• Labrador Tea can be distinguished from Sheep Laurel by both the flowers and the leaves. Labrador Tea's cluster of white flowers appears on the end of the stem, while the flowers of Sheep Laurel appear a few inches from the top of the stem, with newer leaves above the cluster of flowers. In addition, Sheep Laurel leaves lack the in-rolled edges of Labrador Tea leaves.
  • Labrador Tea can be distinguished from Leatherleaf by both the leaves and the flowers. Leatherleaf leaves are not in-rolled like the leaves of Labrador Team. Also, the undersides of Leatherleaf leaves have small brown scales, contrasting with the dense mat of orange-brown hairs on the underside of Labrador Tea leaves. In addition, Leatherleaf leaves become progressively smaller toward the end of the current year's growth. Finally, Labrador Tea's cluster of five-petalled white flowers contrast with the white bell-like flowers of Leatherleaf.
  • Labrador Tea's rounded cluster of five-petalled, white flowers are also very different from the cup-shaped pink flowers of Bog Laurel. Although both plants have incurled leaves, Bog Laurel leaves are opposite, in contrast to Labrador Tea's alternate leaves.

Uses of Labrador Tea

Labrador Tea's spicy leaves have been used to make a tasty herbal tea for centuries. A lengthy list of native American groups, including the Algonquin, Potawatomi, and Ojibwa, have used Labrador Tea for this purpose. It should be noted that some sources warn that tea made from the leaves of this species may be toxic in concentrated doses, since it contains toxic alkaloids known to be poisonous to livestock, particularly sheep. The foliage is said to contain grayanotoxins, which affect the heart and could cause neurological problems.

Native Americans also made extensive use of Labrador Tea to treat a wide variety of ailments, including asthma, rheumatism, burns, and diseases of the liver and kidney. For instance, the Algonquin reportedly used an infusion of the plant for headaches and colds. The Chippewa used a powder containing powdered root to apply to burns and ulcers. The Cree used an infusion of the flowers for insect sting pain and rheumatism; they used a poultice of leaves to apply to wounds. The Oweekeno used an infusion of leaves as a remedy for a sore throat.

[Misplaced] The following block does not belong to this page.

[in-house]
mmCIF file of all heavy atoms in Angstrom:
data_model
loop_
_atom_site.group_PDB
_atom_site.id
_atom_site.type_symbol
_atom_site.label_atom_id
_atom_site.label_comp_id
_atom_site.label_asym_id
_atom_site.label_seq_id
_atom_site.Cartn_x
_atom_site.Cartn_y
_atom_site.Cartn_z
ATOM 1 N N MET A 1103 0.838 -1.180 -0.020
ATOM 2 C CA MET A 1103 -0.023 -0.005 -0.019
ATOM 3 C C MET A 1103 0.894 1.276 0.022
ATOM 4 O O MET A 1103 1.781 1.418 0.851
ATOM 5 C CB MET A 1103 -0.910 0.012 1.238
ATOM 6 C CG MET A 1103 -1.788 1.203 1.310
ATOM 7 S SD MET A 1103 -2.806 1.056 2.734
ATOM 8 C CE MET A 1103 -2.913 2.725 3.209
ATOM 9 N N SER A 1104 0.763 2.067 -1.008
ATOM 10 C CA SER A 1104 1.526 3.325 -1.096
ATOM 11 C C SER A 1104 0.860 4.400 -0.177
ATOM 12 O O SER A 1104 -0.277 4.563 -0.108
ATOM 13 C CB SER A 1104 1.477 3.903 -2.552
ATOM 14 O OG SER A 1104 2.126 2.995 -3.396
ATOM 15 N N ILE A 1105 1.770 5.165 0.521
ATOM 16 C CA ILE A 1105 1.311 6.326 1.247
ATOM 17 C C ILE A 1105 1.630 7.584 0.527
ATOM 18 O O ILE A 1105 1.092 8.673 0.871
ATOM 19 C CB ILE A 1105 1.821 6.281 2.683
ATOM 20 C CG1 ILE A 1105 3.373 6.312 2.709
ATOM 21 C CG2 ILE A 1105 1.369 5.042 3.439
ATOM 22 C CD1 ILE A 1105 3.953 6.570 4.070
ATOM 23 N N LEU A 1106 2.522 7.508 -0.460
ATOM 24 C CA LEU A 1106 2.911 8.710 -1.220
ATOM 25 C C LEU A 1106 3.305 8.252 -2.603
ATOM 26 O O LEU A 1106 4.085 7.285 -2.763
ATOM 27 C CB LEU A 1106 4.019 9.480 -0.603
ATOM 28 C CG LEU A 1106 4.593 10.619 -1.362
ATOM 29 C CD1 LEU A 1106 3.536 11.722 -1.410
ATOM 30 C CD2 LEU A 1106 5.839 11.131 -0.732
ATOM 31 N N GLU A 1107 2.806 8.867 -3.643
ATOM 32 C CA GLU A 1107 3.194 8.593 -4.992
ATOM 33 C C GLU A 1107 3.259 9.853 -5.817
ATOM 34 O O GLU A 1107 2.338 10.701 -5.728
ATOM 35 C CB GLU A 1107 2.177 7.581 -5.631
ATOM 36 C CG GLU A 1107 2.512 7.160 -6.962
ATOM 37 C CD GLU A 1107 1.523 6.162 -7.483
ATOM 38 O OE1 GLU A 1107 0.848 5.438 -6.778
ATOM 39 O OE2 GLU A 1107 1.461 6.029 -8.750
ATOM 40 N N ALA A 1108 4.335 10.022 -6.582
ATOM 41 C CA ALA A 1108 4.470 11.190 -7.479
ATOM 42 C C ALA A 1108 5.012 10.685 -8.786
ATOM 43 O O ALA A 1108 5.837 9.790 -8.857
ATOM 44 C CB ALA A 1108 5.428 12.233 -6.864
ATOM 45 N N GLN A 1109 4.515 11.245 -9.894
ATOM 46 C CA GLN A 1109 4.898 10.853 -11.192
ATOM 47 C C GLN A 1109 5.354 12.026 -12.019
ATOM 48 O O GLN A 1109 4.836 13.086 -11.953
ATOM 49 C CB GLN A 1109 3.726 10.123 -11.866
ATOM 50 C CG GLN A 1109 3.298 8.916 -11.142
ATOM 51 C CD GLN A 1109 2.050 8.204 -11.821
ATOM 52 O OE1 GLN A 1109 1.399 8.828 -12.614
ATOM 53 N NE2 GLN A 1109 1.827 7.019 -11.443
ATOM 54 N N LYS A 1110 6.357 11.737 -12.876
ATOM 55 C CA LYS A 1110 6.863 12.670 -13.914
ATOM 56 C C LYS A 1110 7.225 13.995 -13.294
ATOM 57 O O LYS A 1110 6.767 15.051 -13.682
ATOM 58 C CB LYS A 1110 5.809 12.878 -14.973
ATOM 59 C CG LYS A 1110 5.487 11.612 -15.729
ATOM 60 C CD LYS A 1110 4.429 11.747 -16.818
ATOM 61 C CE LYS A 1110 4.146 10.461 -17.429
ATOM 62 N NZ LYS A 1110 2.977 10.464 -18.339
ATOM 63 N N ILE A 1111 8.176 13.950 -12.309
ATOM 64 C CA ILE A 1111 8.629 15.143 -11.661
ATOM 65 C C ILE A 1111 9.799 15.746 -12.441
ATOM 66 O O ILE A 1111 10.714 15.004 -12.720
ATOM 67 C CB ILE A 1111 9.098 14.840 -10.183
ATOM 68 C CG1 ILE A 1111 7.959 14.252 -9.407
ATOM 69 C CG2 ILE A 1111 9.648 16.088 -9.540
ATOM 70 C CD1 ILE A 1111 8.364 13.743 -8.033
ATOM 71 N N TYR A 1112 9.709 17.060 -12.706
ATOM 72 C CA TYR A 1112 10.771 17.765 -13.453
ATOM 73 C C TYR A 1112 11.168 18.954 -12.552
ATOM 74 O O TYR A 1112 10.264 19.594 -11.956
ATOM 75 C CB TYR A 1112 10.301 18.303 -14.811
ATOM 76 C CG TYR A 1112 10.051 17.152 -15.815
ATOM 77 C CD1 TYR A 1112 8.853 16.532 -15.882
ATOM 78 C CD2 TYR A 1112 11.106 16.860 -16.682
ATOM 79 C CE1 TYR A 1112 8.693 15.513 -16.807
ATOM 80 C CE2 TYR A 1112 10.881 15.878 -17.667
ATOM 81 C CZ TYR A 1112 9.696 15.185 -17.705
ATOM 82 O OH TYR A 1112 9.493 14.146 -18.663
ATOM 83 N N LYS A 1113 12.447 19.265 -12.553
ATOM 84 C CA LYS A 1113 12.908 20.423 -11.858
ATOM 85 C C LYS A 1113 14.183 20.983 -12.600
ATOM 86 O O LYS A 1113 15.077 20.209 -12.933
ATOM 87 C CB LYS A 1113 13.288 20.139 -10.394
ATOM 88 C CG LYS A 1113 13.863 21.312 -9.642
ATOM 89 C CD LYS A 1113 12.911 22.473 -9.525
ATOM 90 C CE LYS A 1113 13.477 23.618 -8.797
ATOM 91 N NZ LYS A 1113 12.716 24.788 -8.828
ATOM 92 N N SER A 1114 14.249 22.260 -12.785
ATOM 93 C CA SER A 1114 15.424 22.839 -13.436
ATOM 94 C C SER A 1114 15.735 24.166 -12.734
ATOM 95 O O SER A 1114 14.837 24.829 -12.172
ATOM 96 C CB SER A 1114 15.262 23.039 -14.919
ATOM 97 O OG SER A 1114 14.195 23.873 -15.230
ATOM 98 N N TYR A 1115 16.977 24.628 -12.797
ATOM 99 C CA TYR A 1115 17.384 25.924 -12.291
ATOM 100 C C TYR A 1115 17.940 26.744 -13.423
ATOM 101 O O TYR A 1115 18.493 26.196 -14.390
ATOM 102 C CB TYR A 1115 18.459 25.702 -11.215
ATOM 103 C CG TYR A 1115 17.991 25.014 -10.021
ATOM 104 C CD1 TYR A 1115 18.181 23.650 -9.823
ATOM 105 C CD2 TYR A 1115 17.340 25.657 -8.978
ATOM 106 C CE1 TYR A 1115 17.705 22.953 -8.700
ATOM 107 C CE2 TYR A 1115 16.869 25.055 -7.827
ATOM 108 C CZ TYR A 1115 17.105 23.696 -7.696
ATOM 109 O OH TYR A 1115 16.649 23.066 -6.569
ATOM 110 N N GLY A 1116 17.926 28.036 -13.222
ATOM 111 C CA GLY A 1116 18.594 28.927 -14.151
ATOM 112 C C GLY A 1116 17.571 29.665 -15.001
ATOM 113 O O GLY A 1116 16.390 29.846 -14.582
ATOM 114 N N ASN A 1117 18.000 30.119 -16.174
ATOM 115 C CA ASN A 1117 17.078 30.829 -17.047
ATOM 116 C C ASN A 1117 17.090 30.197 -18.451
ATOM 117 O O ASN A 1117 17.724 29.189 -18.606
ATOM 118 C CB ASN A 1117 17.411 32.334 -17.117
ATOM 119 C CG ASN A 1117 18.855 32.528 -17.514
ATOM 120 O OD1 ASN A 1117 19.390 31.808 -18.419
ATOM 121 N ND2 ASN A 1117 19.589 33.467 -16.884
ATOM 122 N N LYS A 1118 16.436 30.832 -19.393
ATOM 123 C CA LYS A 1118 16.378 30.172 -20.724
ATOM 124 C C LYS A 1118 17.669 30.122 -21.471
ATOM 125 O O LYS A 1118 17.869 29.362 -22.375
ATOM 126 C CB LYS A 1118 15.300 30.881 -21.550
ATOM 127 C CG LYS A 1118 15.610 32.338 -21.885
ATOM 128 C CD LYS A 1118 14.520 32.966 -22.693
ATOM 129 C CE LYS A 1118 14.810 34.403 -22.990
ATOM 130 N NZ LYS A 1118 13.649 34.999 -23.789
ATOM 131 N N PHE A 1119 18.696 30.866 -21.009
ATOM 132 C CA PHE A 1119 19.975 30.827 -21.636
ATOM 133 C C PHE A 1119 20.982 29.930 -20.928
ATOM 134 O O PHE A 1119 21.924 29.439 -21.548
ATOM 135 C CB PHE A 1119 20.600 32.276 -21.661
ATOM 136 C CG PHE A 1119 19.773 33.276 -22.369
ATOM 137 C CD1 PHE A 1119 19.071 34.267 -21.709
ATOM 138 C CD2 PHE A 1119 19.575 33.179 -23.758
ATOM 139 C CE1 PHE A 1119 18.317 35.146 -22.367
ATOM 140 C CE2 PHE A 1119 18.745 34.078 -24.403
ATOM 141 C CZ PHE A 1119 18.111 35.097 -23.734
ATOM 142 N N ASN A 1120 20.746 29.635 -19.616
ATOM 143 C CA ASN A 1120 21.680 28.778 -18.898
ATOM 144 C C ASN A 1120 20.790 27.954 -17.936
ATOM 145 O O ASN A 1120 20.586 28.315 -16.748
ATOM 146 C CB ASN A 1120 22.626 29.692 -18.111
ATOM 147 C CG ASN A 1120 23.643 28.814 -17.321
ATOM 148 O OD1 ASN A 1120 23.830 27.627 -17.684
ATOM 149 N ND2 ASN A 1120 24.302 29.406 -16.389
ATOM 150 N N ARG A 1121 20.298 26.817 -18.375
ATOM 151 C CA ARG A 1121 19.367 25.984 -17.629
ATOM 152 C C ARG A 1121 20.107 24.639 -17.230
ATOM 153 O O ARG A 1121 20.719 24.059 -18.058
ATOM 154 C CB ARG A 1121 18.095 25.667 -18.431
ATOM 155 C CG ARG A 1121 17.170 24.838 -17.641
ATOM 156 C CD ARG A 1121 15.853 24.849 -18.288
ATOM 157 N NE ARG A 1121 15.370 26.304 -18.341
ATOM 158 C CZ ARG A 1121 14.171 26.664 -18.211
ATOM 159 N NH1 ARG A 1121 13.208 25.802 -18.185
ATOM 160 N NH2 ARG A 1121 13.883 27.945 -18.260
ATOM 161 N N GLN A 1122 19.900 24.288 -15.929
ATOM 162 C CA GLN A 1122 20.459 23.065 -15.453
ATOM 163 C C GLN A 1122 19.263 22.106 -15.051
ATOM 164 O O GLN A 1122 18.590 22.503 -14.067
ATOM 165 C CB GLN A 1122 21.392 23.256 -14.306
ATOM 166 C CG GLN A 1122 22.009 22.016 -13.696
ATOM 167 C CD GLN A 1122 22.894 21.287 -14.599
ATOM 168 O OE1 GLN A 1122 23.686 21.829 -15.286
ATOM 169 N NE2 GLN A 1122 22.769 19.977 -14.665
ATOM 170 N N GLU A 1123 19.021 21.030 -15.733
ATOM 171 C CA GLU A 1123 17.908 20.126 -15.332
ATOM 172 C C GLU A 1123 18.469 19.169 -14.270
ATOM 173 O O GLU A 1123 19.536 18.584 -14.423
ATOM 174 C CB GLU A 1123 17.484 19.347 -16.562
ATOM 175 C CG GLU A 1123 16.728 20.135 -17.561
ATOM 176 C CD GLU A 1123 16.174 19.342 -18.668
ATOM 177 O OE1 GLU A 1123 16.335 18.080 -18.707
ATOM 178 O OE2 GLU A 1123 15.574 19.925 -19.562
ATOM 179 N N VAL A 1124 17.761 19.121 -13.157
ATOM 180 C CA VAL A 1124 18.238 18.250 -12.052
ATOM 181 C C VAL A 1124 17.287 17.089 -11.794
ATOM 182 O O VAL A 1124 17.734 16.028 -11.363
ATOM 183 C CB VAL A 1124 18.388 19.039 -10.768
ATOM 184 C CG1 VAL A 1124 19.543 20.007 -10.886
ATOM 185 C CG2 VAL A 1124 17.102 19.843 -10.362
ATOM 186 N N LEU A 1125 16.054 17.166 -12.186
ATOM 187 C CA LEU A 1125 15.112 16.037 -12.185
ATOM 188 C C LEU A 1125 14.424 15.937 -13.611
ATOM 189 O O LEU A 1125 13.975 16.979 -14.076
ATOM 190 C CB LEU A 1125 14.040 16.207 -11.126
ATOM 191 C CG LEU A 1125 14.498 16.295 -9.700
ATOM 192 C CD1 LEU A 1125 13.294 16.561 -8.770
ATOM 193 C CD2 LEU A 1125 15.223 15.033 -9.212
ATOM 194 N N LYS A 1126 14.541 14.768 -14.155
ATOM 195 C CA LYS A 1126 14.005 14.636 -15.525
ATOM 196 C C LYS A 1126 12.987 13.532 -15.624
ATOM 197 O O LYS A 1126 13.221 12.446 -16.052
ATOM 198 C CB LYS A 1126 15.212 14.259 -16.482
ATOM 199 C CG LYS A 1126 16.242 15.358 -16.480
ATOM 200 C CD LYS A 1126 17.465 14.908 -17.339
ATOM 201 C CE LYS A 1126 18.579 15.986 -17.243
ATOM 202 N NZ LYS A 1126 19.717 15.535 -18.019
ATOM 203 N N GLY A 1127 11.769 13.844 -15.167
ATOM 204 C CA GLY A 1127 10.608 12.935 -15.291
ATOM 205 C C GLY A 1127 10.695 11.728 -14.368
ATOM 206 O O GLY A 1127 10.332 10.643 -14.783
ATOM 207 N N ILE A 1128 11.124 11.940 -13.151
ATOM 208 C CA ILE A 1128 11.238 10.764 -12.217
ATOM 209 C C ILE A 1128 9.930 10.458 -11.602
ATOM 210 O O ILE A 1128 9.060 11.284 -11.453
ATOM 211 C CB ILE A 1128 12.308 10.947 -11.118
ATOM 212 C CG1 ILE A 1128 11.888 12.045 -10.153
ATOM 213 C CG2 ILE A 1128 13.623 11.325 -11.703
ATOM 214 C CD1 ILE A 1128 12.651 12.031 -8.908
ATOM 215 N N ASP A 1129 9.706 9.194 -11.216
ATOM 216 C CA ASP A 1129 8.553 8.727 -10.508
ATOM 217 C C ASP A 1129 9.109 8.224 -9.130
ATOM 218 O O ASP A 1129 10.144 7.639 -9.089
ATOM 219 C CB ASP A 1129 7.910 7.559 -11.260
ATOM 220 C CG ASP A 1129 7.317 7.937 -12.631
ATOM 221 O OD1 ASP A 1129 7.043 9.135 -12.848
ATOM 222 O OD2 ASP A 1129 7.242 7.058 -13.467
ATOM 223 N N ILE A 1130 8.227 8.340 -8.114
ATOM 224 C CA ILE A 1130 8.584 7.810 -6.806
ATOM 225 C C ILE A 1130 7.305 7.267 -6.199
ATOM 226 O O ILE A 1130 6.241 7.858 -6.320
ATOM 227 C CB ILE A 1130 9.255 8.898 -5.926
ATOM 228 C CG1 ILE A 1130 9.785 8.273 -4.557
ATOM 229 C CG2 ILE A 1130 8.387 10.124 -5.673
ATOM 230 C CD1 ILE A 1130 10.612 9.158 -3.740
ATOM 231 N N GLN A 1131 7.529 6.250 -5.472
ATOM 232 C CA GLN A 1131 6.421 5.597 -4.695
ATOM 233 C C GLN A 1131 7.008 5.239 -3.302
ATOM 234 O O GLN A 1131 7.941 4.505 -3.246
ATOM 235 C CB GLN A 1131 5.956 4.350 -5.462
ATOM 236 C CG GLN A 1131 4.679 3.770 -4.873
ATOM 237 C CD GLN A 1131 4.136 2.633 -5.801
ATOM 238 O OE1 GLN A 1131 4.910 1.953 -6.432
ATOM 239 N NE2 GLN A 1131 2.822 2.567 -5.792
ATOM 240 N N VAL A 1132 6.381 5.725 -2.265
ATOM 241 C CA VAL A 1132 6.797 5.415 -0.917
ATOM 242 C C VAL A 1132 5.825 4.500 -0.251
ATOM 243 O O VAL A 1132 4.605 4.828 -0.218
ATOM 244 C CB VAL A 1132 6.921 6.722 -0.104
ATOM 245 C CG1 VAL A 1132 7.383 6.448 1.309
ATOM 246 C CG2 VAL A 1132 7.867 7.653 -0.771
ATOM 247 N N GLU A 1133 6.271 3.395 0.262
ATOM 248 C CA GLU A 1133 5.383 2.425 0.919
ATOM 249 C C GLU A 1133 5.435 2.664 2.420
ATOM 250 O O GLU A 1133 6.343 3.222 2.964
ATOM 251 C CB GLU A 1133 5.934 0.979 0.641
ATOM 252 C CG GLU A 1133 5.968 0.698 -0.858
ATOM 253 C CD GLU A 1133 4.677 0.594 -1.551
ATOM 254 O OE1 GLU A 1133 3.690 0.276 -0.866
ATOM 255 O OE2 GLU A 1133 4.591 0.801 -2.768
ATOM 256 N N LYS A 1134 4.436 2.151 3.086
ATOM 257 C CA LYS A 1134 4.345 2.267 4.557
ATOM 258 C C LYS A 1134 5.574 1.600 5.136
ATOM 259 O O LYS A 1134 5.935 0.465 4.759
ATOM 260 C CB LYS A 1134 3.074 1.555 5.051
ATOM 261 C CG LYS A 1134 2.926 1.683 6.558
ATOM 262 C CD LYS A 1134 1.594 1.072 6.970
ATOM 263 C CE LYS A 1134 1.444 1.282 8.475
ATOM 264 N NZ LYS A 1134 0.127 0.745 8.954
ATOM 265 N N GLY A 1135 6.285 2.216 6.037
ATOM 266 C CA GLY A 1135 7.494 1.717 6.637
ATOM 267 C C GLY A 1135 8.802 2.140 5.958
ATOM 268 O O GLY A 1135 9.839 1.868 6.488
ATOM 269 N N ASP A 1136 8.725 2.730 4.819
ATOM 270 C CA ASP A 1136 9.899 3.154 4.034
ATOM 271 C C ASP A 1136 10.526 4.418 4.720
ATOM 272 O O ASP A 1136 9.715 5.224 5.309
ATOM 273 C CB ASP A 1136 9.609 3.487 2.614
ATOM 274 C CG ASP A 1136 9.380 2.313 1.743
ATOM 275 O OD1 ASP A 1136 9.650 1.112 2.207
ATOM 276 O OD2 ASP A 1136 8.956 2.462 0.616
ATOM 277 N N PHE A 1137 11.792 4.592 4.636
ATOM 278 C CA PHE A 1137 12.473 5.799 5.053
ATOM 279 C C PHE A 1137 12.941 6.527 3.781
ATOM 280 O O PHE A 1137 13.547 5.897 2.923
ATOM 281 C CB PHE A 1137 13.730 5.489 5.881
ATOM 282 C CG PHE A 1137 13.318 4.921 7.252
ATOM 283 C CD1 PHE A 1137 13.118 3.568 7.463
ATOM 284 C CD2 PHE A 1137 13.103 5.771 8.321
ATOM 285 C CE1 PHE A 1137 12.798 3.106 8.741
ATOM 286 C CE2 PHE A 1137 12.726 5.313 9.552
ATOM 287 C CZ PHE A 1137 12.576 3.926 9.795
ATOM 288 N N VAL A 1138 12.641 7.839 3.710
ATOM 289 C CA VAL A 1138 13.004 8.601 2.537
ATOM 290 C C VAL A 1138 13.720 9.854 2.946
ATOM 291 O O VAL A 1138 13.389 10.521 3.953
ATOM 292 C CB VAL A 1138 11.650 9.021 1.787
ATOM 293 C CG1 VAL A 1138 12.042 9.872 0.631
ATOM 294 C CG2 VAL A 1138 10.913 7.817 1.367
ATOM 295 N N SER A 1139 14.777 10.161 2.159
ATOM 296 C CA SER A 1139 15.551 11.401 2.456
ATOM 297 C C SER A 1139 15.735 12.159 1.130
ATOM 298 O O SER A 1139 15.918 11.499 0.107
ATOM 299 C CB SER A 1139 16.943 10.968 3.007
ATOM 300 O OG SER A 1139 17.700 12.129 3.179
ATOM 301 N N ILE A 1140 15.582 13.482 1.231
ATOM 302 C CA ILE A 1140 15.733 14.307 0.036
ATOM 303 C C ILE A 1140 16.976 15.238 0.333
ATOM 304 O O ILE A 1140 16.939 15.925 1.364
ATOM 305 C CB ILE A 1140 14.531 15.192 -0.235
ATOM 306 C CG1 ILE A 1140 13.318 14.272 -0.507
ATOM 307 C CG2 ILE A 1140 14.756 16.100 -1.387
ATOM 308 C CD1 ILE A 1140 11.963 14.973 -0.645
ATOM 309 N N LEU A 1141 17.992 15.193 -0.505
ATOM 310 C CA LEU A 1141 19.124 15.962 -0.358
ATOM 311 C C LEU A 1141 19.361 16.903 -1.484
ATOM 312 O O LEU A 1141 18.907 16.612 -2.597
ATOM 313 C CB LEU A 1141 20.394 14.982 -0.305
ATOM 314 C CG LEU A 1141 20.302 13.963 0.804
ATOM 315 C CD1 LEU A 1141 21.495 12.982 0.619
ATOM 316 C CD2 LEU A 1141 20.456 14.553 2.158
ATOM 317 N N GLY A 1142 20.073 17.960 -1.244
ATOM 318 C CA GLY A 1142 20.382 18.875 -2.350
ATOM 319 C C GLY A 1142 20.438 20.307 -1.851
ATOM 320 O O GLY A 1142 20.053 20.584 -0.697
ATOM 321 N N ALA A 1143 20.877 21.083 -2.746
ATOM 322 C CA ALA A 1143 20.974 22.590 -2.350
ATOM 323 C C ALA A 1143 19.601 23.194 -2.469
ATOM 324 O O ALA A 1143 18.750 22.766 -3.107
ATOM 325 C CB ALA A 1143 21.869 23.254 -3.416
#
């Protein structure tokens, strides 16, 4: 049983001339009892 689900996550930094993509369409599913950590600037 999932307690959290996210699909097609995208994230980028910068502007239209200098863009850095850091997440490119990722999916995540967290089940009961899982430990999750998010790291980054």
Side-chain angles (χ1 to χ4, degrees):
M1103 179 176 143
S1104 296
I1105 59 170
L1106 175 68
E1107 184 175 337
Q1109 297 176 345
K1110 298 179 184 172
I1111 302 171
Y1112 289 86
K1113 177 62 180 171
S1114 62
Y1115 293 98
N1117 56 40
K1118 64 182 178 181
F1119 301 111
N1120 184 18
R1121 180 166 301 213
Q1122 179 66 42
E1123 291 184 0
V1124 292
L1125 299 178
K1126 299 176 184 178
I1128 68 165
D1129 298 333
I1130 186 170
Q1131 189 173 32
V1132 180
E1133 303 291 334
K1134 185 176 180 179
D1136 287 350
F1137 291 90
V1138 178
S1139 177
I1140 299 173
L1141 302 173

Wildlife Value of Labrador Tea

Labrador Tea has limited importance to wildlife. Its flowers provide nectar for some butterflies. Moose and White-tailed Deer are known to feed on the foliage, mainly in winter when other food is scarce. Labrador Tea is a larval host for the Northern Blue butterfly. In addition, the bog communities where Labrador Tea flourishes are extremely important to some bird species, including the Palm Warbler and Lincoln's Sparrow. Palm Warblers reportedly use Labrador Tea as nest material.

Distribution of Labrador Tea

Labrador Tea can be found in Alaska, Canada, and Greenland, south through the New England States, northern New Jersey, mountains of Pennsylvania, the northern Great Lake States, North and South Dakota, Idaho, Washington, and Oregon

Labrador Tea occurs in most counties in the eastern part of the New York State. It has been reported in all of the counties within in the Adirondack Park Blue Line, with the exception of Clinton, Fulton, and Saratoga counties.

Habitat of Labrador Tea

Labrador Tea is classified as a wetland plant, but can grow over a wide range of water table depths. In the north country, Labrador Tea grows both on bog mats at low elevations and on high-elevation alpine summits. This species is found in several ecological communities in the Adirondack Park, including:

One of the most convenient places to study Bog Laurel is on Barnum Bog, an acidic bog that can be accessed along the Boreal Life Trail boardwalk.

You can also find Labrador Tea growing on the summits of Adirondack mountains in the High Peaks region, including Marcy, Algonquin, Wright, Iroquois, Coldin, Haystack, Basin, Saddleback, Gothics, Dix, and Whiteface. Plants growing at higher elevations are often stunted.


References

Michael Kudish. Adirondack Upland Flora: An Ecological Perspective (Saranac, New York: The Chauncy Press, 1992), pp. 40, 54, 144.

New York Flora Association.  New York Flora Atlas. Labrador-tea. Rhododendron groenlandicum (Oeder) Kron & Judd. Retrieved 16 March 2017.

United States Department of Agriculture. The Plants Database. Bog Labrador Tea. Ledum groenlandicum Oeder.  Retrieved 16 March 2017.

United States Department of Agriculture. NRCS National Plant Data Center & the Biota of North America Program. Plant Guide. Bog Labrador Tea. Ledum groenlandicum Oeder.  Retrieved 16 March 2017.

Flora of North America. Labrador Tea. Rhododendron groenlandicum (Oeder) Kron & Judd.  Retrieved 16 March 2017.  

Northern Forest Atlas. Images.  Labrador Tea.  Rhododendron groenlandicom. Retrieved 16 March 2017.